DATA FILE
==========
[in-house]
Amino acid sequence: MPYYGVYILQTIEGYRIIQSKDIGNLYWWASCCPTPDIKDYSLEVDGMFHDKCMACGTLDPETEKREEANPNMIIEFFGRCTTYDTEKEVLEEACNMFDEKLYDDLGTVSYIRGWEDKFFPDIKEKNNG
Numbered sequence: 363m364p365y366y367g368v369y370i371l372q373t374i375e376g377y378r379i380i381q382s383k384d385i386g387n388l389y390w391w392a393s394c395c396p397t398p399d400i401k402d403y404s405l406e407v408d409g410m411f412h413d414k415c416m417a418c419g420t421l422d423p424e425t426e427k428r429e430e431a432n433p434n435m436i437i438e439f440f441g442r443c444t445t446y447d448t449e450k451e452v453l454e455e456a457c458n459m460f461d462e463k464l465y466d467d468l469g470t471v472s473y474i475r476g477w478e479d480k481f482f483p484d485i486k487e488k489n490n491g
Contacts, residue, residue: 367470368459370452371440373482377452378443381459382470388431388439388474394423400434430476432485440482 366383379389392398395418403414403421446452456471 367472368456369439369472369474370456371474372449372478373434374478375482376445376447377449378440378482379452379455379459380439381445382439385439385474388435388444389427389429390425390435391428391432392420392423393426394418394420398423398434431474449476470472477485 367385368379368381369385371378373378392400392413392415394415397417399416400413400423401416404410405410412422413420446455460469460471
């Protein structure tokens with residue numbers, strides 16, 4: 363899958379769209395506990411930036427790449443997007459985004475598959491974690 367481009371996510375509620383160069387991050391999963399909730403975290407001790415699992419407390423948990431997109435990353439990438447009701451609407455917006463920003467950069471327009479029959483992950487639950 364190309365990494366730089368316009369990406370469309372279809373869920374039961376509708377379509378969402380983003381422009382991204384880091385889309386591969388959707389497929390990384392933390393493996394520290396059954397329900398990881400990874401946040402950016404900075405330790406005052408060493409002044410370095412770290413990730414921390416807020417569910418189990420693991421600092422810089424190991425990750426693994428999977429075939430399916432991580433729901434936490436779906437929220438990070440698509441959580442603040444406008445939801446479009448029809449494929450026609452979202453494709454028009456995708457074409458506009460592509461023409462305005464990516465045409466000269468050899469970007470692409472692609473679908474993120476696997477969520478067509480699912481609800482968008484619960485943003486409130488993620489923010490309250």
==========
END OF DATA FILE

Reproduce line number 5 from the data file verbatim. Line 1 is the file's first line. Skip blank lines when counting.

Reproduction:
């Protein structure tokens with residue numbers, strides 16, 4: 363899958379769209395506990411930036427790449443997007459985004475598959491974690 367481009371996510375509620383160069387991050391999963399909730403975290407001790415699992419407390423948990431997109435990353439990438447009701451609407455917006463920003467950069471327009479029959483992950487639950 364190309365990494366730089368316009369990406370469309372279809373869920374039961376509708377379509378969402380983003381422009382991204384880091385889309386591969388959707389497929390990384392933390393493996394520290396059954397329900398990881400990874401946040402950016404900075405330790406005052408060493409002044410370095412770290413990730414921390416807020417569910418189990420693991421600092422810089424190991425990750426693994428999977429075939430399916432991580433729901434936490436779906437929220438990070440698509441959580442603040444406008445939801446479009448029809449494929450026609452979202453494709454028009456995708457074409458506009460592509461023409462305005464990516465045409466000269468050899469970007470692409472692609473679908474993120476696997477969520478067509480699912481609800482968008484619960485943003486409130488993620489923010490309250």